Luke Cage History: From Hero for Hire to Hollywood
TV, Comic Books
A column in which Matt Derman (Comics Matter) reads & reviews comics from 1987, because that’s the year he was born.
The concept of Suicide Squad is elegantly simple, and maybe inevitable in the world of superheroes and villains. The difficulty of effectively imprisoning superpowered baddies has been explored in many ways in all kinds of comicbooks, and this series offers one more approach: a work release program for supervillains. And why not? There are all different levels of supervillainy, and as many different motivations for it as people participating in it, so anyone who wants to prove themselves less insane or untrustworthy than their peers might as well get a chance. Besides, giving them another venue/outlet for their abilities could potentially place them on a better path, even make them better people. Right?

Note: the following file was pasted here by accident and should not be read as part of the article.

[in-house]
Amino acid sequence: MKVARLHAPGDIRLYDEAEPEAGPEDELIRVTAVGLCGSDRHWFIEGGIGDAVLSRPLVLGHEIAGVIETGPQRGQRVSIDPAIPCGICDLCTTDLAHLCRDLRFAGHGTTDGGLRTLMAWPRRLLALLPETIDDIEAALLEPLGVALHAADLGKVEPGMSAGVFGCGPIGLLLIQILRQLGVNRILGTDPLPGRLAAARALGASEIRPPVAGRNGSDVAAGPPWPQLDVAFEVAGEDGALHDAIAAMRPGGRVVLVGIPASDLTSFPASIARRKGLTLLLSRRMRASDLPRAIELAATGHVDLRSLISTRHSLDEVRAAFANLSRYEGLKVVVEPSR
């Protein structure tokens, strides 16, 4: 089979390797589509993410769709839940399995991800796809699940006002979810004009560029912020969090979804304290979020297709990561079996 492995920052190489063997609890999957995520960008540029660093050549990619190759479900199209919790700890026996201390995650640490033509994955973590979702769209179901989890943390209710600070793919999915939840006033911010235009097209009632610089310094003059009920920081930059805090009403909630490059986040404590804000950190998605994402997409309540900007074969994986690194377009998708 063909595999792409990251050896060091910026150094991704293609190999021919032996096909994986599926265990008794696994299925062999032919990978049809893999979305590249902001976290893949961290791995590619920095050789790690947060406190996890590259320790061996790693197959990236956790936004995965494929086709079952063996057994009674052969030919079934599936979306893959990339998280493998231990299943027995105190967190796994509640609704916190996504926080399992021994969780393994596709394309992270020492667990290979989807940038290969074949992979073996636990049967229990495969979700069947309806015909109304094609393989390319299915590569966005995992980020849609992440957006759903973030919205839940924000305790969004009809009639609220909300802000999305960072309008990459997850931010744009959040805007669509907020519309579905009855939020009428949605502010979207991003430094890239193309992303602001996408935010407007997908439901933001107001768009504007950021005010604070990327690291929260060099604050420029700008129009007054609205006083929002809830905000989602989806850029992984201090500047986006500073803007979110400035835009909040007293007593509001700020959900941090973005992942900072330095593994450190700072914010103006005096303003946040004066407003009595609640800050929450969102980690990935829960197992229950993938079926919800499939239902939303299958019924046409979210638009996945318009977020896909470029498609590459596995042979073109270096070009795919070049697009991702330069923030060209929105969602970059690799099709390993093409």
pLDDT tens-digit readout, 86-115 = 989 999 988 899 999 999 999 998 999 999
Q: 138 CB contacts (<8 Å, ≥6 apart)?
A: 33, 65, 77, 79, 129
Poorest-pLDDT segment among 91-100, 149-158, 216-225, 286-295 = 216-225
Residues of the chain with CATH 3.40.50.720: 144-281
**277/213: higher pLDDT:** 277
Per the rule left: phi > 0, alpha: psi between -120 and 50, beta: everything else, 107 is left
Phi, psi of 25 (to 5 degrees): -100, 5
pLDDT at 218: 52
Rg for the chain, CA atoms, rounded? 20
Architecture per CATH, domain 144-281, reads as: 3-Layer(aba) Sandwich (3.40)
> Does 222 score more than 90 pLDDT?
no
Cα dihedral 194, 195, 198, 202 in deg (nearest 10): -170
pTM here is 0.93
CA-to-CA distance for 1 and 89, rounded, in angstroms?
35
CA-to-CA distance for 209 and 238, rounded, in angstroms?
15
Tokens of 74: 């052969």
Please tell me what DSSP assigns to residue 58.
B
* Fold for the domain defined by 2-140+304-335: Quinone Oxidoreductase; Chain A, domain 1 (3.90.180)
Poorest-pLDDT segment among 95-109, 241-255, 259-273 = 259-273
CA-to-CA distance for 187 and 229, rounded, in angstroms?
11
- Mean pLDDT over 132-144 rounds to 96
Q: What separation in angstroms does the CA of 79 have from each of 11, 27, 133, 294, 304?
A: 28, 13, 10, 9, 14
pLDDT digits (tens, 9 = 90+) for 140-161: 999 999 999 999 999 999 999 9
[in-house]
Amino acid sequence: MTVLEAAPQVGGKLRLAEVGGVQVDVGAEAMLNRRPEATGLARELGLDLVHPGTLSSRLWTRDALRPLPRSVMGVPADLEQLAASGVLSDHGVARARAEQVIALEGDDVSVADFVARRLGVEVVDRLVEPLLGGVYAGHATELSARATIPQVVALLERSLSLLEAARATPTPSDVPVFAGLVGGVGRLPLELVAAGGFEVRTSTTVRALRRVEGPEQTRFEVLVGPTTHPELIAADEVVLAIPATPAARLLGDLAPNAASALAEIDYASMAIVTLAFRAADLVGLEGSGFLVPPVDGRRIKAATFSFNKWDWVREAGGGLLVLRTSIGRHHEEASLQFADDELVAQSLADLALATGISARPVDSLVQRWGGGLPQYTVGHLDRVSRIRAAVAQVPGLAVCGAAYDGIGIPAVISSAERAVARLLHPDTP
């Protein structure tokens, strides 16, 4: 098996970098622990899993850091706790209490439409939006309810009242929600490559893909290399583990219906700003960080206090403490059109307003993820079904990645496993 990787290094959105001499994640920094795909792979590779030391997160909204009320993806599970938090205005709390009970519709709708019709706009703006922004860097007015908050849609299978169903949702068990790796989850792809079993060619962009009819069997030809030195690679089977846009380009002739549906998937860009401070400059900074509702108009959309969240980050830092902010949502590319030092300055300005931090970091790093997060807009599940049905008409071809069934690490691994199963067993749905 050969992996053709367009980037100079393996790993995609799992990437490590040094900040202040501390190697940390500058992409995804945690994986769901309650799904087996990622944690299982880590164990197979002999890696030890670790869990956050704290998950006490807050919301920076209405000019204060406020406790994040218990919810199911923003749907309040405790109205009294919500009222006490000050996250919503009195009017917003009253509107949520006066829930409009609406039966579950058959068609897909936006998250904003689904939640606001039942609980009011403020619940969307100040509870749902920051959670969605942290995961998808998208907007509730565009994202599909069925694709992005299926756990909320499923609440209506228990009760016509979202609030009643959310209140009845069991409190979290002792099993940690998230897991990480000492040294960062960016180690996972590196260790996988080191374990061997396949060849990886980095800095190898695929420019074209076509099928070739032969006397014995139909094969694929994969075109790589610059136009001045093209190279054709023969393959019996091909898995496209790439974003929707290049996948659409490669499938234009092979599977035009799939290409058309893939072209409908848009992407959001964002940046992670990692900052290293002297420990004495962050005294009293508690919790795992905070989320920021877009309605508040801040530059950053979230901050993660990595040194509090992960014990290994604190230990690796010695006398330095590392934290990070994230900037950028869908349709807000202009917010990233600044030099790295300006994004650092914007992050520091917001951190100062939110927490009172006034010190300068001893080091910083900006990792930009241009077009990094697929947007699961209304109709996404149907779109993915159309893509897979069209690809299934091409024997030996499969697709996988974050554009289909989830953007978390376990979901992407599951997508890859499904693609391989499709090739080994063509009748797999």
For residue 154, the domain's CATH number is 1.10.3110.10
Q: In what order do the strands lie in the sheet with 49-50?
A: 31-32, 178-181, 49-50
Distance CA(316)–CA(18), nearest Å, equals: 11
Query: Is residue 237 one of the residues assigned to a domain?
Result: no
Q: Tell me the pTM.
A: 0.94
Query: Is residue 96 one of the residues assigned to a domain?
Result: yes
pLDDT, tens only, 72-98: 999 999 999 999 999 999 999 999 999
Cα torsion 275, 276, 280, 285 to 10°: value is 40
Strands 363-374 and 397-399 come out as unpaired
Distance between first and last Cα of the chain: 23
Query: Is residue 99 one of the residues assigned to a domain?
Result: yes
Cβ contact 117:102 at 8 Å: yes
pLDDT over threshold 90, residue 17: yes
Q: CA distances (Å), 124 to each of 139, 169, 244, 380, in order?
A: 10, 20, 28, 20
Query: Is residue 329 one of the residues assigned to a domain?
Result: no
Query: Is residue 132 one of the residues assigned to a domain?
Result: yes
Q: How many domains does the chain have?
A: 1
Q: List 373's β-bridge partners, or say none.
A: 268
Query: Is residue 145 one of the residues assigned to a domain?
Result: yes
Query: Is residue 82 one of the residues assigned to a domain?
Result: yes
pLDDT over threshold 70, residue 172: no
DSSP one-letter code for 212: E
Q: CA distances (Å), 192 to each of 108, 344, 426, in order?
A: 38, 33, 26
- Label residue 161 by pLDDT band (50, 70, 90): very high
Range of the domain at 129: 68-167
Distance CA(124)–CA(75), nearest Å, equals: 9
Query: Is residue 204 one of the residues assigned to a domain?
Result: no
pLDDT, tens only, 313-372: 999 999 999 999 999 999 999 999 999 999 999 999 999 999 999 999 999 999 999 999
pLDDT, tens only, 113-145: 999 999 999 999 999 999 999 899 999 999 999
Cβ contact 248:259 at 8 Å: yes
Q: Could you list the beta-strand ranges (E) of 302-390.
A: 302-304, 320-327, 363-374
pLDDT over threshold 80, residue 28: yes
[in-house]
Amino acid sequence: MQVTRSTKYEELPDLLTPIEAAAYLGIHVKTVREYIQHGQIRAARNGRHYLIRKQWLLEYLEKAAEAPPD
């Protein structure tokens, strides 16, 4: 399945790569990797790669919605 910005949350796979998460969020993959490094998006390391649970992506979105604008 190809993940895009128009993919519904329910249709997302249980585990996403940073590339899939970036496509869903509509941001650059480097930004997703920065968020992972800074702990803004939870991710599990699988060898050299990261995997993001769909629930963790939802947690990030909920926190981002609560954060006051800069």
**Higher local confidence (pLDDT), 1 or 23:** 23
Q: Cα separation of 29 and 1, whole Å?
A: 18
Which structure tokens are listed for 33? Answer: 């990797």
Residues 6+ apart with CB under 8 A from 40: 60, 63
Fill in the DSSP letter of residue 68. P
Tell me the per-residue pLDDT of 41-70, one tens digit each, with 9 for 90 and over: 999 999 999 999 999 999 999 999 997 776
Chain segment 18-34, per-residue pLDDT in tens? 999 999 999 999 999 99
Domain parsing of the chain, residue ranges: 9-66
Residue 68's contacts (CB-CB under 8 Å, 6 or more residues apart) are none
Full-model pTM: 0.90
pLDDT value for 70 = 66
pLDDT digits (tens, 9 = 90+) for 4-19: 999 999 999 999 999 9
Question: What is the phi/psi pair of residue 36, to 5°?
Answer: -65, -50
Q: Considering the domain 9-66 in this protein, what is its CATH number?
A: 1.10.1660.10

Wrong, says Suicide Squad, which seems to believe that people, good or bad, pretty much are who they are no matter what. The book hinges on this philosophy, its drama fueled by the clashing and immovable personalities of its cast. In the world of Suicide Squad, the whole Suicide Squad project is a futile endeavor, an attempt to convince villains to act against their natures through an odd combination of bargains, threats, and field assignments. Trouble is, nobody can ever act against their nature in this book, so the Squad fails or at least half-fails on every outing, refusing to gel as a group and generally causing more harm than good to its members and the rest of the world.